I’ve always been jealous of writers who could think about a story then sit down and write it. You know, no plotting out red herrings and unrelated secrets, no writing up long and complicated character statements, just thinking about a story then sitting down and writing it.
Some time last year I read a fabulous profile of Lee Child. If you haven’t seen it, I recommend it. You can access it here. Child is very much a “pantser” — he doesn’t plot out his books in advance. He says in the article that when he ends one chapter, he doesn’t know what’s going to happen next.
Our very own Janis Patterson, fellow Lady of Mystery, wrote something similar on her blog last week. How exciting! To play out a story in your head as you write it. I can see why these writers’ books are exciting, thrilling, fun to read.
Me? I’ve got note cards, Word docs, downloaded files. I use Scrivener and all the complex tools it offers to organize and reorganize your plot. (As an aside, I recommend Scrivener for all writers who, like me, benefit from the help of plotting tools).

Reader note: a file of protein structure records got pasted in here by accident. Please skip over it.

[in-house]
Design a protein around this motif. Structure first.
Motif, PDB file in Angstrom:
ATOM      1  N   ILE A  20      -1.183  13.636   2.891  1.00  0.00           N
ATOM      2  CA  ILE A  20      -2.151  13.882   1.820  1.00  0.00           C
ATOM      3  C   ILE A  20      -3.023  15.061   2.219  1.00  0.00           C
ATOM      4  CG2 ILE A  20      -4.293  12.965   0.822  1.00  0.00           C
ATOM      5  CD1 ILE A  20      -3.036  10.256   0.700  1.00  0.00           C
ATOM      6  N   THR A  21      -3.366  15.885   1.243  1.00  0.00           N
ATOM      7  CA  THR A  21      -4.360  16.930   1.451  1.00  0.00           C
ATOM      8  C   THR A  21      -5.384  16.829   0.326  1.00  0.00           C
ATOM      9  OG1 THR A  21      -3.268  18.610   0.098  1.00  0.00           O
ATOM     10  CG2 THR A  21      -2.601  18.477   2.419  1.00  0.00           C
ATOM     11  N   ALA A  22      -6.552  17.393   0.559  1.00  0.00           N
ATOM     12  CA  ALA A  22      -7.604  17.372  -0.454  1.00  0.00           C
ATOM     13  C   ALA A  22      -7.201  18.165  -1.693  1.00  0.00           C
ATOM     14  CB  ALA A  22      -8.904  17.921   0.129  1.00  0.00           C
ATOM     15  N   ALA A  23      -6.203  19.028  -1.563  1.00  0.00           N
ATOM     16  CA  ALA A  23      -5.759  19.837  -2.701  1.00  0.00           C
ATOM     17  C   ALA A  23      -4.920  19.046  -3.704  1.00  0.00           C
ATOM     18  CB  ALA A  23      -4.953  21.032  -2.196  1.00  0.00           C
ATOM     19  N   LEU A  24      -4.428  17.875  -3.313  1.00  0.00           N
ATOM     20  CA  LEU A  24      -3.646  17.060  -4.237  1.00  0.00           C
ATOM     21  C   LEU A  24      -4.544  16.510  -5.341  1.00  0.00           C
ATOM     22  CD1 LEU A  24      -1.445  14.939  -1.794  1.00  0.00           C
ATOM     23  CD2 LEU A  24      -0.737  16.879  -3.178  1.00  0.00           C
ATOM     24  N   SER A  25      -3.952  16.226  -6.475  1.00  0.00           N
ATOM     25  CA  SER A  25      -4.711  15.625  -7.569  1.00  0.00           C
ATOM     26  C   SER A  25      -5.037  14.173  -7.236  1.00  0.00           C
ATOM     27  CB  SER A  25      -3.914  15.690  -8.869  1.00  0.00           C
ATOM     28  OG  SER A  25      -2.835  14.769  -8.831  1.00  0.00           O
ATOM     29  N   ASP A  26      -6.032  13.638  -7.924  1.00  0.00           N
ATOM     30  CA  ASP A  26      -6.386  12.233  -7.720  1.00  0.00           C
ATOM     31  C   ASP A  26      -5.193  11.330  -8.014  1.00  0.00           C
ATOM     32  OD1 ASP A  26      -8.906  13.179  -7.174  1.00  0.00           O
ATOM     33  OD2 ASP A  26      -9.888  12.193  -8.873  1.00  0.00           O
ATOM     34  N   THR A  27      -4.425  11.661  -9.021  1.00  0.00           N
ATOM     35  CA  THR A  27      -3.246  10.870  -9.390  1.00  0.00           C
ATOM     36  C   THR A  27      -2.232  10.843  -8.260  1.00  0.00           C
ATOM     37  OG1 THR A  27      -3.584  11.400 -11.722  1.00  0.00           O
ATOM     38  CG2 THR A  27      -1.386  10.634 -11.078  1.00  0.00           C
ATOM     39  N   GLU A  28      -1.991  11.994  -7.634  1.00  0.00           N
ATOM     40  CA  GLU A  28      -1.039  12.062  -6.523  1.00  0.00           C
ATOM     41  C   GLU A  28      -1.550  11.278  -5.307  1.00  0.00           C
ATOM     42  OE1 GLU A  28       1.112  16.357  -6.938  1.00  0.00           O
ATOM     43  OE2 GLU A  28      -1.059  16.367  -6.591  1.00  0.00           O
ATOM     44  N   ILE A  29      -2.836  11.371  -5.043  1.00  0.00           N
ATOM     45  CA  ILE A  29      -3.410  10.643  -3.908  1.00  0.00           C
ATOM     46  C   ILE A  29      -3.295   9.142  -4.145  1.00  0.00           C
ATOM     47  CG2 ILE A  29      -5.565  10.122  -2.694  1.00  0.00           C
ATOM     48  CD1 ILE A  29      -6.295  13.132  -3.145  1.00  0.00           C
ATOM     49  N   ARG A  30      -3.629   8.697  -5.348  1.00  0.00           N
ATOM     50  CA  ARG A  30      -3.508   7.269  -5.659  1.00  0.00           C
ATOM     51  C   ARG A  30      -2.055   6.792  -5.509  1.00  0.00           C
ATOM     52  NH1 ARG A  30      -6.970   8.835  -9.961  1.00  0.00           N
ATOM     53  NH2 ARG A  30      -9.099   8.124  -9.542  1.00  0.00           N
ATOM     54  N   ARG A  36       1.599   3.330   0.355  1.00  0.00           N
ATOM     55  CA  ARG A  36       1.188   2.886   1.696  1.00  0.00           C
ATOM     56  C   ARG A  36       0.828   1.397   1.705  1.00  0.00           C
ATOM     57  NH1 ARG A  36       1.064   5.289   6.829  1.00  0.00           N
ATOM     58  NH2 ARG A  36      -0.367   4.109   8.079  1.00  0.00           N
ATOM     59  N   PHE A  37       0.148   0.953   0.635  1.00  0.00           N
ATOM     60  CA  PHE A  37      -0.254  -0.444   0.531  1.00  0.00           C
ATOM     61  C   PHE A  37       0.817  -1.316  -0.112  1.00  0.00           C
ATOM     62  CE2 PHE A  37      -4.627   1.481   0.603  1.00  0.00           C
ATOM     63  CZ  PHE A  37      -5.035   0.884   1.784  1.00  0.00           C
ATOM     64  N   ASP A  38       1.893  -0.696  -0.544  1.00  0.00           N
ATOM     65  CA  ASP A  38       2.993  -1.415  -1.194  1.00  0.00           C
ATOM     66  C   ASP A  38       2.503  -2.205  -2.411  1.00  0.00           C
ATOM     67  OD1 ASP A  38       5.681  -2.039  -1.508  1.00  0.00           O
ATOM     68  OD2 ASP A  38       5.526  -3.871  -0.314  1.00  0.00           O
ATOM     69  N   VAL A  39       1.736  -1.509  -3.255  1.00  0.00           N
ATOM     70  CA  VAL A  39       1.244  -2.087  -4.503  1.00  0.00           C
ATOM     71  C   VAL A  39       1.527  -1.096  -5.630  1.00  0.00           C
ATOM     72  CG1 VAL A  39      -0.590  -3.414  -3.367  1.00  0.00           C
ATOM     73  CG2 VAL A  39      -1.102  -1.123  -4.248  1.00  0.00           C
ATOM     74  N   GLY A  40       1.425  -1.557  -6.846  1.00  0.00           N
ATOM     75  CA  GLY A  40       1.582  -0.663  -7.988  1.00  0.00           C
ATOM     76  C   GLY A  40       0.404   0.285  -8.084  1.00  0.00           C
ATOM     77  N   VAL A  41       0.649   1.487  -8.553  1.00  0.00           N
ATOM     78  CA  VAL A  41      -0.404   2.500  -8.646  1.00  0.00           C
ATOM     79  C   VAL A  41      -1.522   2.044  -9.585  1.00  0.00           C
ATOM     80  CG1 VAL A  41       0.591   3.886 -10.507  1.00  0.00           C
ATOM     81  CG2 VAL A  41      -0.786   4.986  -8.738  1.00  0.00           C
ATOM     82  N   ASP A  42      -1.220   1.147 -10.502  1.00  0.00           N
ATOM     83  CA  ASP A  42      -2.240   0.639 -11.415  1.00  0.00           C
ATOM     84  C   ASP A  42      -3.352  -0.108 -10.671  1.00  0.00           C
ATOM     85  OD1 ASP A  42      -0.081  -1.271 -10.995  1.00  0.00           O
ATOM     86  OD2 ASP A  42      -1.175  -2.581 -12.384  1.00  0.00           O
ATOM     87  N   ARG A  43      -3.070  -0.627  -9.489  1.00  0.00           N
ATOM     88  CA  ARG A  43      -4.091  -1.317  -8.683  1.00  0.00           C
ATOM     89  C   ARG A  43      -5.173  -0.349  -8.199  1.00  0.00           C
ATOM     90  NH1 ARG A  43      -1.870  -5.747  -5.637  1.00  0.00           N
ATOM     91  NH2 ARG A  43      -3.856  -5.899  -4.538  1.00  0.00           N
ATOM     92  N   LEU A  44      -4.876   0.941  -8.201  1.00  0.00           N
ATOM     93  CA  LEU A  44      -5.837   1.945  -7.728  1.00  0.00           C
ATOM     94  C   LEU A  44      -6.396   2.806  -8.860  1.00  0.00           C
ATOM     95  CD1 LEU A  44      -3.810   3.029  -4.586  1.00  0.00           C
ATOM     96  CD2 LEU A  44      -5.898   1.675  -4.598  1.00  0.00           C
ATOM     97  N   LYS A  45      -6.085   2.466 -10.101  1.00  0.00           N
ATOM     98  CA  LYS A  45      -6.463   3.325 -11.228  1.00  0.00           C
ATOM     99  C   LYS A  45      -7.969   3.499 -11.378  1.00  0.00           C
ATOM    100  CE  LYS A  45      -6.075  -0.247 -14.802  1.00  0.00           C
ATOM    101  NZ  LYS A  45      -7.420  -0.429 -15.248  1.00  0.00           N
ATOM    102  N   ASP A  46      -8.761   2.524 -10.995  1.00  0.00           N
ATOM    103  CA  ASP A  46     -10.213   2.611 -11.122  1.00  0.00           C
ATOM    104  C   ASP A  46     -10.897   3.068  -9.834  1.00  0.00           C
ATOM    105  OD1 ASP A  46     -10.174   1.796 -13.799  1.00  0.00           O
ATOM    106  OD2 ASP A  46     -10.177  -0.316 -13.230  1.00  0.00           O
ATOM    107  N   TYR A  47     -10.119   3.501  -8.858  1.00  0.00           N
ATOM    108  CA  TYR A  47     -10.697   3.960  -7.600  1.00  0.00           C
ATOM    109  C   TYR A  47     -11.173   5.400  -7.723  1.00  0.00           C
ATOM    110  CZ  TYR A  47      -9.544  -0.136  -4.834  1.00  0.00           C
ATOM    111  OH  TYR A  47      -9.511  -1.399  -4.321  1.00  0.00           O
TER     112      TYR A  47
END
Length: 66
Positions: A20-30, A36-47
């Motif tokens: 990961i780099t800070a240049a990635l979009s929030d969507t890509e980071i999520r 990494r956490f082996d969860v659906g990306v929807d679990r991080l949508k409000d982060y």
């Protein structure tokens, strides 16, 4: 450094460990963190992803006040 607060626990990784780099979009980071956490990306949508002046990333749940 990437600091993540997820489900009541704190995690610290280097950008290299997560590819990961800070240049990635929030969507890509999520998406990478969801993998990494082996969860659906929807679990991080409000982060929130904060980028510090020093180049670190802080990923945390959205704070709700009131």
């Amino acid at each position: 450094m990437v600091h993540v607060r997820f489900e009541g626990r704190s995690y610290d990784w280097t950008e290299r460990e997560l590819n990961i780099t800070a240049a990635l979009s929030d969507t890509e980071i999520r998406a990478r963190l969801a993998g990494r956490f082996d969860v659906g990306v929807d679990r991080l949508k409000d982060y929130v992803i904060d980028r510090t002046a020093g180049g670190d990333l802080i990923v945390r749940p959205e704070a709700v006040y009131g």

As many of you know, I’m working on book 5 in the Adam Kaminski mystery series. This time, after doing some preliminary plotting, I thought, why not? Let’s give it a try. What’s the worst that could happen?
Needless to say, I had to go back. Re-plot. Re-organize. Redevelop and rename characters.
The sitting down and writing experience, as glorious as it sounds, is just not for me. At least now I know. When you’re a plotter, embrace it!
Learn more at her website, JaneGorman.com.